By Meredith Hanel
Fourth year Ph.D. student Theresa Chow is talking stem cells with a challenging audience — but poses a question they will relate to:
“Say you fall on the ground, and you scratch your knee, and in a week that scab is gone. What helps that scratch go away?”
The average 7-year-old doesn’t know that stem cells are responsible for repairing the skin, but it’s a concept Chow hopes to get across along with the idea that they can aspire to be scientists. In the realm of regenerative medicine Chow pursues both her passions: research and public outreach.
Chow works with skin cells in Dr. Ian Rogers’ lab at Lunenfeld-Tanenbaum Research Institute, but she isn’t trying to fix scraped knees. Her research aims to repair diseased kidneys. The first step is reprogramming cells that come from skin and other easily accessible sources like urine and blood, by first signalling them to turn into a type of stem cell called induced pluripotent stem cells (iPS cells). She then directs them to become kidney progenitors, cells that are about half way between a stem cell and a kidney cell, but still have the ability to make all the different specialized cell types in the kidney.
These kidney progenitors could be used in cell therapy or coaxed to form kidney organoids, three-dimensionally organized kidney structures useful for drug testing. Chow says, “I think the ultimate goal for any regenerative lab would be to rebuild a whole organ for transplant,” but stresses that this is a long way off.
The Rogers lab prepares natural mouse kidney scaffolds for the kidney progenitor cells to grow on by taking the organ and washing the native cells off with a mild detergent. This leaves behind a sort of tissue skeleton called the extracellular matrix (ECM). Recently they have been trying this with pig kidneys, through collaboration with OIRM researcher Dr. Markus Selzner. “The idea is that I would make these progenitor cells in the dish and put them back on the ECM scaffold and hopefully rebuild the nephrons and different kidney structures to get a functional kidney in the end,” explains Chow.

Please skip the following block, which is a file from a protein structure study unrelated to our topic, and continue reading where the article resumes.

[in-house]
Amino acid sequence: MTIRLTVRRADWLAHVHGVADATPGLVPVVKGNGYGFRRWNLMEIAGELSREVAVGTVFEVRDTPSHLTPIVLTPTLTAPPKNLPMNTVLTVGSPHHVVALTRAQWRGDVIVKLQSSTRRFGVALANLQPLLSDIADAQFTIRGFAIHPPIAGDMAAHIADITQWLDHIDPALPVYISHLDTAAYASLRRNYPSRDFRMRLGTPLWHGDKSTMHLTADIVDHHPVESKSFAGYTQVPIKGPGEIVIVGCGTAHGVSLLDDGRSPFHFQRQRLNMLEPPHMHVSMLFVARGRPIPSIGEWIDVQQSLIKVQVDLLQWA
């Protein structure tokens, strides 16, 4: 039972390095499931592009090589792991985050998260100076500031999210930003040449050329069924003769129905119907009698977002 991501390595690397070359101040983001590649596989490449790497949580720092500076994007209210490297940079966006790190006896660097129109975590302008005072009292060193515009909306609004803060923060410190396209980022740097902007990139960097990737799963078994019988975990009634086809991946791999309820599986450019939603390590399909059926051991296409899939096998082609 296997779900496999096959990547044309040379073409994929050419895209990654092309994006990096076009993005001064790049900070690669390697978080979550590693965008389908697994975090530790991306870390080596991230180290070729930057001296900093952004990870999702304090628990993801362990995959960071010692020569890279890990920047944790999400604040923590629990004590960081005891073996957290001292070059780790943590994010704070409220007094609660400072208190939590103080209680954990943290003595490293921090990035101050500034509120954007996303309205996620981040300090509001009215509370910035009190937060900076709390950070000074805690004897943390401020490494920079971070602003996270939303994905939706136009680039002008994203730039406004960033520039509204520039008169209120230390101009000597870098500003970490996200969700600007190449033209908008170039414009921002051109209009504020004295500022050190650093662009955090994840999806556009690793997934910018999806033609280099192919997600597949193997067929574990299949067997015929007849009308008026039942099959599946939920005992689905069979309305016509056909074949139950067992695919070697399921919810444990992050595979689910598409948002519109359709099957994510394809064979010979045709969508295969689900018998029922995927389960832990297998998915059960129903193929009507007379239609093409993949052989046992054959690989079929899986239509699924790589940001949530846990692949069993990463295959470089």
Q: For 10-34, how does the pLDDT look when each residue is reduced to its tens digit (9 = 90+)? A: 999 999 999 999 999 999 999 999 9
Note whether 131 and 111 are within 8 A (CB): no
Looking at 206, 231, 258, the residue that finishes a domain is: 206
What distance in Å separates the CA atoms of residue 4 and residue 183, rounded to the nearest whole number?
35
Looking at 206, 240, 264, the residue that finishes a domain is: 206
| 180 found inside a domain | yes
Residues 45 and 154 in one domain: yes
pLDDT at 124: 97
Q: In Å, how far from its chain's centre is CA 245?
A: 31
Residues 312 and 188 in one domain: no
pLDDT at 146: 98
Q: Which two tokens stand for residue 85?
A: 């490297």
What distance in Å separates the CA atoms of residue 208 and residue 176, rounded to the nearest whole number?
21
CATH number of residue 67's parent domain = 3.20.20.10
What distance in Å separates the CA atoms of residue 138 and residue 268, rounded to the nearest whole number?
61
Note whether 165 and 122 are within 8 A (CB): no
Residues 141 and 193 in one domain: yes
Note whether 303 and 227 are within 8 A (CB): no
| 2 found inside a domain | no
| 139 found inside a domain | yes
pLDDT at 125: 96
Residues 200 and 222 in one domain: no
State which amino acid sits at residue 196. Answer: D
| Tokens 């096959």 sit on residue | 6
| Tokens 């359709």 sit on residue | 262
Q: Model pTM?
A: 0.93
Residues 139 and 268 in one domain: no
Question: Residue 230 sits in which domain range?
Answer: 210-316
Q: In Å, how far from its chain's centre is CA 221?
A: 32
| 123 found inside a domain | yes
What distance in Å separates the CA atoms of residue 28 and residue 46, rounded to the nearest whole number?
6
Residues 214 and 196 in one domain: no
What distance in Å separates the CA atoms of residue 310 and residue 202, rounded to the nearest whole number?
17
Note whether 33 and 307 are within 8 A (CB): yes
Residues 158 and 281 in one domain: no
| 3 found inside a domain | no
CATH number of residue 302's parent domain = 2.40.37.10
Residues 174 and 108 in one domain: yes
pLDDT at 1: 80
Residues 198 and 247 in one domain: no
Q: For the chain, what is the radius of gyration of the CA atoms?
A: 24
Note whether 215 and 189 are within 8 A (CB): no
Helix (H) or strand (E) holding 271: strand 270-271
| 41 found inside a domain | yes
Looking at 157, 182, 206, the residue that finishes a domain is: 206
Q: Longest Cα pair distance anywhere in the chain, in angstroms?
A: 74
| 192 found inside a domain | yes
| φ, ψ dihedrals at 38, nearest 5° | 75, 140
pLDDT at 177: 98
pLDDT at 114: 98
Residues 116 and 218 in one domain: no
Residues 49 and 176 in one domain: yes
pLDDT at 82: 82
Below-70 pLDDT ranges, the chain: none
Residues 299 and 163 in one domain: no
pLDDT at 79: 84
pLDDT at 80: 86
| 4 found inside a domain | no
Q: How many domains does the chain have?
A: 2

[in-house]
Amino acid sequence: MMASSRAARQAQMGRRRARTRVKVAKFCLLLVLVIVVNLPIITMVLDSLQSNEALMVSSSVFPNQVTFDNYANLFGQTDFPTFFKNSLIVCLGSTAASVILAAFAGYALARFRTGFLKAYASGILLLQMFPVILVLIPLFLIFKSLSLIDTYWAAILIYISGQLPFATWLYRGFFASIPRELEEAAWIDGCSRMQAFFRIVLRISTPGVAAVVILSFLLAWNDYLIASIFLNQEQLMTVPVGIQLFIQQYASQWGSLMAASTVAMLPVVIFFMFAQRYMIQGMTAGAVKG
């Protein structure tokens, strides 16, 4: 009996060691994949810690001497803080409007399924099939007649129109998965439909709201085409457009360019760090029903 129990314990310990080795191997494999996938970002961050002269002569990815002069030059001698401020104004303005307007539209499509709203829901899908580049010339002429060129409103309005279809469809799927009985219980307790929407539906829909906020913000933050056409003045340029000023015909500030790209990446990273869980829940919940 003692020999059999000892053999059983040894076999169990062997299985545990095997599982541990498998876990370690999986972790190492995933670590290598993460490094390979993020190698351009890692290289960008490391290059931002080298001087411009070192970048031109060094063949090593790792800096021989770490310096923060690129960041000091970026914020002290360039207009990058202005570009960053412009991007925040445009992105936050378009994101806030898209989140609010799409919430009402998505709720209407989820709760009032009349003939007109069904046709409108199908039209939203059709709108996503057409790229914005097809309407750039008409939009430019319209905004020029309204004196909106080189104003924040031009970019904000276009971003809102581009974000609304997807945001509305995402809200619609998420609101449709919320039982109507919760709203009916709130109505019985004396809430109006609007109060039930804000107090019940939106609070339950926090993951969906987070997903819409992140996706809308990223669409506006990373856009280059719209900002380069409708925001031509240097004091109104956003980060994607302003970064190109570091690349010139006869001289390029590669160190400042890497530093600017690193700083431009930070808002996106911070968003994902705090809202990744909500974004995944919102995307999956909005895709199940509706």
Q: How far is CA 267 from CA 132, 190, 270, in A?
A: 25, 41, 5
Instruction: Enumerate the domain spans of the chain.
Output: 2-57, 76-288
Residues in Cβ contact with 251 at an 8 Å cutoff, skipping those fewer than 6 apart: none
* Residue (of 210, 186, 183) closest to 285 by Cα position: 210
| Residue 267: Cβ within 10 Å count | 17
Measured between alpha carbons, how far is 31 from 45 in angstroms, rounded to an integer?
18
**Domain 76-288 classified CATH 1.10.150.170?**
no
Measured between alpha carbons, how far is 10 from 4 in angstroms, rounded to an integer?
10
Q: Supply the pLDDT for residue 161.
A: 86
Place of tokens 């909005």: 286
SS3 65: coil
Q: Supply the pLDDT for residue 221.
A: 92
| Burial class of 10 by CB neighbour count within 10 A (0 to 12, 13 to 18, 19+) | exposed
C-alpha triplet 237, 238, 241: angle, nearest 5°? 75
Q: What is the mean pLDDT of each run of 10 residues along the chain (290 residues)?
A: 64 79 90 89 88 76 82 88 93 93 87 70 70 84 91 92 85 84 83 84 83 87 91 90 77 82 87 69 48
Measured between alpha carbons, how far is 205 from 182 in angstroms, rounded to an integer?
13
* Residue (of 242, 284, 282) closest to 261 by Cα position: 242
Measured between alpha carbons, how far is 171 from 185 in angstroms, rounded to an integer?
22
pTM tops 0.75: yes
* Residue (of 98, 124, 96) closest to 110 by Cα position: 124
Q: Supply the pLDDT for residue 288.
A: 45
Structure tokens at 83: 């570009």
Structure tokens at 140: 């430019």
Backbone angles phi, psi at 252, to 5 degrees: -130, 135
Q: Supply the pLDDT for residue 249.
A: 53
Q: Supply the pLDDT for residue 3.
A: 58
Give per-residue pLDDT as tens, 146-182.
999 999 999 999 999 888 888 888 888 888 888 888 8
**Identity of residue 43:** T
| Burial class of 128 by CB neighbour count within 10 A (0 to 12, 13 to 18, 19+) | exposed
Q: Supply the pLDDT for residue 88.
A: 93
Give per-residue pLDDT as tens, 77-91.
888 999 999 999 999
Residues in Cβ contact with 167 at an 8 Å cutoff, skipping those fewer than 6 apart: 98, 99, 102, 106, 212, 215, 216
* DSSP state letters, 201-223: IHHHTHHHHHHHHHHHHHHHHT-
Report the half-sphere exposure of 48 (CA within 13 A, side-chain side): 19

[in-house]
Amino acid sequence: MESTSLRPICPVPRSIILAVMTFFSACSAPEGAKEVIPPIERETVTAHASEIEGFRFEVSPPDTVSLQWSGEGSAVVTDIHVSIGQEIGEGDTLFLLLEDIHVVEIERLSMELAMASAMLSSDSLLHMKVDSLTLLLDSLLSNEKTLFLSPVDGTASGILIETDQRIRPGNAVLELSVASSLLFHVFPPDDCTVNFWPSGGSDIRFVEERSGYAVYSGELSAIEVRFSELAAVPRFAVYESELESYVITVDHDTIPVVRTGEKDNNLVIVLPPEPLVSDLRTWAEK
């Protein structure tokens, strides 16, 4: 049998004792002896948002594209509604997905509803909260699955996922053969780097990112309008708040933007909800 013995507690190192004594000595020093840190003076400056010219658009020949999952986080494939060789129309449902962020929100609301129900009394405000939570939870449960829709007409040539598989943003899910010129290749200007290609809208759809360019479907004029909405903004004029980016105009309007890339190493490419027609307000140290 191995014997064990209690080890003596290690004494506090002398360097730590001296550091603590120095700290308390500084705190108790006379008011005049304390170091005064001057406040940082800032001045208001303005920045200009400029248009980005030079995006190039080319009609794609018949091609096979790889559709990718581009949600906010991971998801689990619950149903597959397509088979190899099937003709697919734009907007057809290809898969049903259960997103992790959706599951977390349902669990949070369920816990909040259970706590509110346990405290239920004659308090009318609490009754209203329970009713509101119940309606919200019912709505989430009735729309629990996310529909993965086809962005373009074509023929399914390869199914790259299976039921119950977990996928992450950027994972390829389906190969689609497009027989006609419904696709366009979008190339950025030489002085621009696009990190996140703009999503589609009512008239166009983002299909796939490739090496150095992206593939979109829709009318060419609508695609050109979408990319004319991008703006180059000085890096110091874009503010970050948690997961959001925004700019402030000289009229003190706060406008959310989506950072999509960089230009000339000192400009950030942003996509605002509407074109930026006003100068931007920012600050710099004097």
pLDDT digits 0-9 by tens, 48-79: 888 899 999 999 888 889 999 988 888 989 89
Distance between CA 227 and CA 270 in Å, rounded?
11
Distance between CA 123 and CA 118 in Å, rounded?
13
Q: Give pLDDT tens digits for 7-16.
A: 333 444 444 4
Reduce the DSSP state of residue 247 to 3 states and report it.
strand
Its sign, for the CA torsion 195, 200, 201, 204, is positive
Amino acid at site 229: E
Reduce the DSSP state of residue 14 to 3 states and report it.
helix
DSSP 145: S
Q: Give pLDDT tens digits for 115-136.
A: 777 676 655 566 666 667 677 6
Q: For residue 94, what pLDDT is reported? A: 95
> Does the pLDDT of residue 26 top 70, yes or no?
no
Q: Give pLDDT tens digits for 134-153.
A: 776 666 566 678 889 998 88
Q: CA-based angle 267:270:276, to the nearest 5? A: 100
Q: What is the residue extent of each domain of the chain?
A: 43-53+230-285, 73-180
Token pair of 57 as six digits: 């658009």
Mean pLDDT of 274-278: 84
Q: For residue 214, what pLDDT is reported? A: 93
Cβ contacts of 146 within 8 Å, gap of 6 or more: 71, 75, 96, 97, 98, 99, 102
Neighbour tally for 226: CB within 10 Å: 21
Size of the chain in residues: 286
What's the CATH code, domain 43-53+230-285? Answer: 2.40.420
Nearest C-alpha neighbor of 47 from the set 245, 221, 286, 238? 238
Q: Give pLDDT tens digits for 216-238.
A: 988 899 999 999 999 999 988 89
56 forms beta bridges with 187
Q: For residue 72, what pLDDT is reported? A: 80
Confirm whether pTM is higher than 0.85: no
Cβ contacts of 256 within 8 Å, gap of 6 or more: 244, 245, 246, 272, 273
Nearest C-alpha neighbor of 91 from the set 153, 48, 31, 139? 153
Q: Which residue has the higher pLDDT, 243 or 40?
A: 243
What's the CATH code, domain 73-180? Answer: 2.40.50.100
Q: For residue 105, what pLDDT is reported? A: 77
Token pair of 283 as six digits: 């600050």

Within two years Chow hopes to complete her Ph.D., adding with a laugh, “I think that’s my limit.” In between successes, there are long hours and dry spells that can tire graduate students but Chow’s outreach work with the yearly Let’s Talk Science event, StemCellTalks, reinvigorates her in her own research. “When I do StemCellTalks with all these grade 11–12 students, I think it’s so refreshing, the enthusiasm they have for stem cell research, and it actually gets me excited about my own work as well.” Chow has co-headed the event with fellow University of Toronto graduate student Nika Shakiba for three years and also participated with Super Cells, a travelling science exhibit for children that visited the MaRS discovery district last November.
“When I was a kid I didn’t know what research was,” recalls Chow. “On TV no one talks about scientists and researchers, it’s all about doctors and nurses.”
As a result, this career possibility first went unnoticed by Chow, who instead flocked towards medical school with many of her University of Toronto undergraduate peers. But hospital volunteering showed her that medicine just wasn’t her thing. She soon found that research was, saying of her fourth-year thesis research in plant-microbe interactions with Dr. John Stinchcombe, “I found it challenging but then it was also very satisfying at the same time. That’s when I realized research was my passion.”
What attracted her to this lab was Dr. Rogers’ enthusiasm and optimism. After completing a Masters in the Rogers lab working on a mouse model for bone marrow graft rejection, Chow says she wanted to change her project, but stay with the labmates she loves working with and the healthy work environment she finds at The Lunenfeld-Tanenbaum Research Institute.
After finishing her Ph.D. Chow wants to translate basic stem cell research “from bench to bedside” and keep feeding her other passion for public outreach. She thinks more researchers should talk to the public to avoid misconceptions that might hinder public support for stem cell research, and being a role model is important too.
“If having these outreach programs for kids tell them that, ‘Hey there’s more than just being a doctor if you’re interested in science,’ I think that’s very important.”
**Photo courtesy of Theresa Chow